Saturday, July 07, 2007

Americas Cup

The America’s Cup yachting regatta in Valencia is finished.

I am not sure why I am writing about this event, because most people in the world do not care about it. Most Americans are not even aware that it is on.

But New Zealand is obsessed with the America’s Cup. The cup takes its name because it was held by the United States for over 100 years. In 1995, a New Zealand team defeated the American defender to win the cup. It defended the cup successfully in 2000, but the cup was lost to a Swiss challenger in 2003. During this last regatta, Team NZ failed in an attempt to win it back.

A number of things strike me about this strange obsession.

  1. The power of television to hype up an event is amazing. Most New Zealanders would not know a halyard from a sheet, but after a concerted television campaign, most have come to believe our emotional and physical well-being of our nations depends on winning this yacht race. People who do not care about yachting were sitting up through the night to watch a yacht race on TV.

  2. There is something strange about the New Zealand psyche that makes us want to compete in events that most nations ignore and which no one cares about. Then when we do well in a “nothing event”, we pretend that we are special. I think this bizarre need comes out of a deep-seated insecurity.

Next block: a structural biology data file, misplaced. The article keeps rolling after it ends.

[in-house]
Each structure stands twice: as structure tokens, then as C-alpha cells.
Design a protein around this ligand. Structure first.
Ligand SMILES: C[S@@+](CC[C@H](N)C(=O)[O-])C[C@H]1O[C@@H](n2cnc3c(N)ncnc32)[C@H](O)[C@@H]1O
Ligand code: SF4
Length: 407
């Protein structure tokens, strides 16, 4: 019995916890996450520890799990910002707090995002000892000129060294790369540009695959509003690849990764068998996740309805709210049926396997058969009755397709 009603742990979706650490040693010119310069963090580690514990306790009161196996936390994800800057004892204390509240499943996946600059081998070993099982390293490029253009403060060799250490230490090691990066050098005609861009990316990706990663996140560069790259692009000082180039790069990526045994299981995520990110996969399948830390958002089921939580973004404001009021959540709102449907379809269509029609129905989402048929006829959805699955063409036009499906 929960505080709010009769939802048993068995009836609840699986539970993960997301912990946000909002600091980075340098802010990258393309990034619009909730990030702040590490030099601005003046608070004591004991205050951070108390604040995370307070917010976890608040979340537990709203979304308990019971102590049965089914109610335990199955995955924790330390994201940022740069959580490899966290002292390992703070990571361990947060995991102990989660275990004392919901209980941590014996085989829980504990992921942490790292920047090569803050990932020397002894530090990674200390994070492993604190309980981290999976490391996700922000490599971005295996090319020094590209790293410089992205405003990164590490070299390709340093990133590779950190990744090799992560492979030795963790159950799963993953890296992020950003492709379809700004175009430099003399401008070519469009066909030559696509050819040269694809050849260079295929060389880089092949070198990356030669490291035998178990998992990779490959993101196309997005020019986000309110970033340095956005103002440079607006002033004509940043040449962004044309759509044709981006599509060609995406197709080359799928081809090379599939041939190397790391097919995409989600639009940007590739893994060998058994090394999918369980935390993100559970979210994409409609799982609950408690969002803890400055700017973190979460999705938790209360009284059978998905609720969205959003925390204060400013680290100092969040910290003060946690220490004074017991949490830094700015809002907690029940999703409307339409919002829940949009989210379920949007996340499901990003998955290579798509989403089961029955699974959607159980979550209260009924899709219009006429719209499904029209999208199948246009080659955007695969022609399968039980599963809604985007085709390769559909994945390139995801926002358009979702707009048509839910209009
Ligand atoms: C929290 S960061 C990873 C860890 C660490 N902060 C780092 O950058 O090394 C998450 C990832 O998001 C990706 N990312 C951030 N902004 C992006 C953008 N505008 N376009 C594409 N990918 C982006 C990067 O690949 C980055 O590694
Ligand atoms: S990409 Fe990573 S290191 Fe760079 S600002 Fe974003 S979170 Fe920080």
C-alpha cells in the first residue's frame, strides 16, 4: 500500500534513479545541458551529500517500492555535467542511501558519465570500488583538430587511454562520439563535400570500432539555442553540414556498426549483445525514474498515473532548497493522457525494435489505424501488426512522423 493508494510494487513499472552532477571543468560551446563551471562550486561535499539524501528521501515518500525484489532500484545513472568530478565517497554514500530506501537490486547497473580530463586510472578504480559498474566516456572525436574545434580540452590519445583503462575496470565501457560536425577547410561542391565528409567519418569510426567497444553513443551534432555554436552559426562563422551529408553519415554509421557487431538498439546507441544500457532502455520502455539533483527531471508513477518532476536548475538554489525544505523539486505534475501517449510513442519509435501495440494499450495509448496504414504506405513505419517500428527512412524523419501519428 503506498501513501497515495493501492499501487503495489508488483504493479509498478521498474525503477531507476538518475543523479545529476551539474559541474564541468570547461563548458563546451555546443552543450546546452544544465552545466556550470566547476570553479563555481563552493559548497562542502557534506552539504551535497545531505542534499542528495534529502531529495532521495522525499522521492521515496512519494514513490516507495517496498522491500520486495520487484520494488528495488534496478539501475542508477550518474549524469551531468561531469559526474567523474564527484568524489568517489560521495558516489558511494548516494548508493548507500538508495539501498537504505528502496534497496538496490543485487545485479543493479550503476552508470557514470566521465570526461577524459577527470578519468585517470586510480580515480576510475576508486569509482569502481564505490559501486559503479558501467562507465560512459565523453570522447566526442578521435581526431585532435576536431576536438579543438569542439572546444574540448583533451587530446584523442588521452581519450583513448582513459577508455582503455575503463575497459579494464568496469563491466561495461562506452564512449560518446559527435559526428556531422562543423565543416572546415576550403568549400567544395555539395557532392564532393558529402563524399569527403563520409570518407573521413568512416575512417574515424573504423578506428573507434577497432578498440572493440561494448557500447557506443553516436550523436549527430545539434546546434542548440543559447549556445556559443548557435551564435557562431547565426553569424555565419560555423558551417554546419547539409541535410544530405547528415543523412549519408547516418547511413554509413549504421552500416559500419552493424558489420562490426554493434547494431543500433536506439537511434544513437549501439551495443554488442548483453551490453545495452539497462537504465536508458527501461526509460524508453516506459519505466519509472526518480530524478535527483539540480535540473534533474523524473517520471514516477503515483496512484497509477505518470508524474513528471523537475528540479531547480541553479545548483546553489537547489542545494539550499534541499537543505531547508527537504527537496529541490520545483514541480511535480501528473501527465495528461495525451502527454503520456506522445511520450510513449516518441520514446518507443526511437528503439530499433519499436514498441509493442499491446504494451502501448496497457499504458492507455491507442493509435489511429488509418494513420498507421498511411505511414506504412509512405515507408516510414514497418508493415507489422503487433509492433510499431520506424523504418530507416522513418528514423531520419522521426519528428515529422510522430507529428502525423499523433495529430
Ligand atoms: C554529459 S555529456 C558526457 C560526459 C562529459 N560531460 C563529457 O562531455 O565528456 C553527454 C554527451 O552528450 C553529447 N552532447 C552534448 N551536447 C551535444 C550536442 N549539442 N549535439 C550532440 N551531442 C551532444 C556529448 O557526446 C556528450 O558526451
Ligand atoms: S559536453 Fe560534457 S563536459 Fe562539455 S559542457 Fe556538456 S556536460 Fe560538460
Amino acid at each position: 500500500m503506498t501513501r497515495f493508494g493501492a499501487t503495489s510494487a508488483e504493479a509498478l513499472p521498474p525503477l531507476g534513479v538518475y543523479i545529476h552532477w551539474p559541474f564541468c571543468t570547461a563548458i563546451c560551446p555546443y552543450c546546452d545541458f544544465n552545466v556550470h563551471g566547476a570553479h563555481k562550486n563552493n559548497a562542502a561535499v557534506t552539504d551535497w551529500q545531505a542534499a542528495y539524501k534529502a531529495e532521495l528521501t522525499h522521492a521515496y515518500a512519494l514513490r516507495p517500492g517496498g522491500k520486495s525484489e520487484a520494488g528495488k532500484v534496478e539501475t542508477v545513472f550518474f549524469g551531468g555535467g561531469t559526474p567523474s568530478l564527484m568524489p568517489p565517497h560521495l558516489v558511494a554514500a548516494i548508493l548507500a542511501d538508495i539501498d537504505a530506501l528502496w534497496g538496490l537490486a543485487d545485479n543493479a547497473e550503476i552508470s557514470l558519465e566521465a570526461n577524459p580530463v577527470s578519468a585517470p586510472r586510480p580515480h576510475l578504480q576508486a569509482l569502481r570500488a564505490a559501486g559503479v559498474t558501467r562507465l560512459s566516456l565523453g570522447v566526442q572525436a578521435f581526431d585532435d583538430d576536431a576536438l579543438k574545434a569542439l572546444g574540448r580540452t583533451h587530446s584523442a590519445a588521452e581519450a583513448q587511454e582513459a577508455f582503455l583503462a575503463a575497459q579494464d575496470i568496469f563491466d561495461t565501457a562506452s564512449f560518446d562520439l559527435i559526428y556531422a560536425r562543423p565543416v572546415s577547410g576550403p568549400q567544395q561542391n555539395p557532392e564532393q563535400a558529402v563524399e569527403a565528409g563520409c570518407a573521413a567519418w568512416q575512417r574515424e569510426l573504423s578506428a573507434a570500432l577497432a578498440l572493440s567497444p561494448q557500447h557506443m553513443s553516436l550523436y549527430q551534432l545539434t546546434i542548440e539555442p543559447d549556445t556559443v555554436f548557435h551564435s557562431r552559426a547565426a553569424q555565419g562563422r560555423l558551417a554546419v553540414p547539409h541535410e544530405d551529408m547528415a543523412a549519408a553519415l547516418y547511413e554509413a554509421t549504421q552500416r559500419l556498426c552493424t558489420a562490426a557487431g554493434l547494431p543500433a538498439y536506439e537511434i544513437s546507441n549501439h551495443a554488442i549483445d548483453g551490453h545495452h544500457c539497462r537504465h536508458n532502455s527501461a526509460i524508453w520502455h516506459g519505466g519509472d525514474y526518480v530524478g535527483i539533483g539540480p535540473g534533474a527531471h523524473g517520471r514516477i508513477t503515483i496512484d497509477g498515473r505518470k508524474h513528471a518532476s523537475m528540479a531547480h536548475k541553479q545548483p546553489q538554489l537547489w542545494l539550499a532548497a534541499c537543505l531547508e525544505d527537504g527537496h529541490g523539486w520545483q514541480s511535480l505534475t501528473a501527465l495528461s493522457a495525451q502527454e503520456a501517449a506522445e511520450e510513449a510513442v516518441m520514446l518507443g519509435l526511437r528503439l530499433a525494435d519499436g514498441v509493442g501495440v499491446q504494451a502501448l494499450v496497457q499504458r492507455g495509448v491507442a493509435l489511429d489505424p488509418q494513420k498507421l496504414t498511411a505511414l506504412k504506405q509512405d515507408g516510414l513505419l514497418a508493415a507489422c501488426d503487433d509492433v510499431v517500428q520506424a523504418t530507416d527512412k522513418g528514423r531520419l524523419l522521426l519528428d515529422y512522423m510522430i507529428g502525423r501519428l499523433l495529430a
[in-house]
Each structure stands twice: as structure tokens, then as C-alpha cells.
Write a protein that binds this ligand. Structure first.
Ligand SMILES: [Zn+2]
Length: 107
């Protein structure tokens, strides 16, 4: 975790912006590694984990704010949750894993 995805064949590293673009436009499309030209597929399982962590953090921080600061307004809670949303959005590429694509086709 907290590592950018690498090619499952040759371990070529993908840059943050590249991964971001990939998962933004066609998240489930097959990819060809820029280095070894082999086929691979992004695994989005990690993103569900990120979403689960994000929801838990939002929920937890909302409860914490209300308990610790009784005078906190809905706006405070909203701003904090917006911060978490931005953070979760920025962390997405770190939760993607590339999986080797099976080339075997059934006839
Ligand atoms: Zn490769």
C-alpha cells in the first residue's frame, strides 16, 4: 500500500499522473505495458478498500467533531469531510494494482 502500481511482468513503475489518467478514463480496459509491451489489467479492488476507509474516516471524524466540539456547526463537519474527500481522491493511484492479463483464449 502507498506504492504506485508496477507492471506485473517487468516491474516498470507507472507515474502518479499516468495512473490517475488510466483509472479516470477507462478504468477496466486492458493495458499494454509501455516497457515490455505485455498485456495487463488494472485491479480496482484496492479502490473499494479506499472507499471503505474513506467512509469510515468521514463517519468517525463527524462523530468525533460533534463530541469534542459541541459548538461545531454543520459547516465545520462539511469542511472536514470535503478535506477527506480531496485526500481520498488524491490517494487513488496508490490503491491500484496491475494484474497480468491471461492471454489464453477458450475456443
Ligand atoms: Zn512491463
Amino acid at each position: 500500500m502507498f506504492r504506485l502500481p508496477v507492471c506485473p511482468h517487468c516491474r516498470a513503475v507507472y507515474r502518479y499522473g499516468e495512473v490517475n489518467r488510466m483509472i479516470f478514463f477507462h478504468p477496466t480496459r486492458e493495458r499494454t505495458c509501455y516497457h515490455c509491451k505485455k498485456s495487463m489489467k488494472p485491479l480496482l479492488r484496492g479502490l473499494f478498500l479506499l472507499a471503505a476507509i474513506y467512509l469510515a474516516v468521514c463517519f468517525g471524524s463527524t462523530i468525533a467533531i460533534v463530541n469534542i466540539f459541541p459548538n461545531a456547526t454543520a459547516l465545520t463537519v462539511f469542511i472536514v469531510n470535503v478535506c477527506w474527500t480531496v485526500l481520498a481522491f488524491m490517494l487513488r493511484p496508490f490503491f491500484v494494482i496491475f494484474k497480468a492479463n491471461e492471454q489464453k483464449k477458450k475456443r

3. Then when we lose, we try to pretend our loss was a victory. In this case the television commentators came to the rescue. Although New Zealand lost the final 5-2, they are claiming that it was a close run thing, because the last race was lost by one second. They are claiming that the loss was a success, because we proved that we could compete with the "big boys". They are also claiming a moral victory by portraying the event as a David and Goliath struggle; poor New Zealand against the rich Swiss. Given that the New Zealand government contributed $38 million and middle eastern airline was a major sponsor this is not true.

  4. Pretending that defeat is victory prevents people from dealing with reality, yet this is what we are doing. New Zealand must be one of the few nations in the world that celebrates a defeat in war as a National day. What does that say about us? The television commentators became cheer leaders for the NZ team. They continually pretended that Team NZ had made no mistakes. When races were lost, it was always bad luck, never bad decisions. Their presentation was so biased that they could not ask any critical questions about the performance of the team they were supporting.

  5. The event demonstrates the inability of governments to pick winners. Team NZ has now lost two events in a row. Yet the government has already signalled $40 million for another attempt to win the cup. These guys have failed twice, but the government never thinks to ask why will they do better next time? That is why they are skilled at picking losers.

  6. Then there is the bizarre idea that the government gets most of the $40 million back in tax. If this was correct, then any government could dish out billions of dollars that it does not have knowing that it will get it all back in tax. Unfortunately, the world does not work like that.

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